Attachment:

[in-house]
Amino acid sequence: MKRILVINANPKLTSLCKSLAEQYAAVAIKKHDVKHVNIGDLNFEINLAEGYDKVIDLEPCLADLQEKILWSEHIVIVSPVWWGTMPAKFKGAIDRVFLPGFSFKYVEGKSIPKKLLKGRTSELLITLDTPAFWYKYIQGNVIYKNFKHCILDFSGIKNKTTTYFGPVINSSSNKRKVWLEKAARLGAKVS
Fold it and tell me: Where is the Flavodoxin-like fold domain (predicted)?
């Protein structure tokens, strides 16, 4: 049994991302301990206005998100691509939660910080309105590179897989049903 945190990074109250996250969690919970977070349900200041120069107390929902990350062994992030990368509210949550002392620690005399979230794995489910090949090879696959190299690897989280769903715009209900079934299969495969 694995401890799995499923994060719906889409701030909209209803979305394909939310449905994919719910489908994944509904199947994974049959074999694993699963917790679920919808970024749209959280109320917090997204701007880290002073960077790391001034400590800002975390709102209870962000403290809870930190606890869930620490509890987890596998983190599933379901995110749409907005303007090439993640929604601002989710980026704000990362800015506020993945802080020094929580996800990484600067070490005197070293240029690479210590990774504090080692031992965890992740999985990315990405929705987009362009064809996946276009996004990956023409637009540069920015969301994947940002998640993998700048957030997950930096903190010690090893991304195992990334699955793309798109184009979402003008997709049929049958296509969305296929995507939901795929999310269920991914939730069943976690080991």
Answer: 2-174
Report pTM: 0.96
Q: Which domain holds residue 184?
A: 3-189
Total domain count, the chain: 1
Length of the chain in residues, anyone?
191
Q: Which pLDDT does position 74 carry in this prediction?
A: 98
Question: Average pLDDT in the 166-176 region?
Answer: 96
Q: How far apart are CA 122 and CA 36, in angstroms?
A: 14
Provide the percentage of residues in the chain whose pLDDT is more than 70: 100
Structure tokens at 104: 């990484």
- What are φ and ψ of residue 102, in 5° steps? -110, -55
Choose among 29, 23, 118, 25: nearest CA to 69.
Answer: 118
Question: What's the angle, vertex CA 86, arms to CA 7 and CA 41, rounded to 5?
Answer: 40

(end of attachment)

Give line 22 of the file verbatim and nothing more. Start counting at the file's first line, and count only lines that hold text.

Answer: 118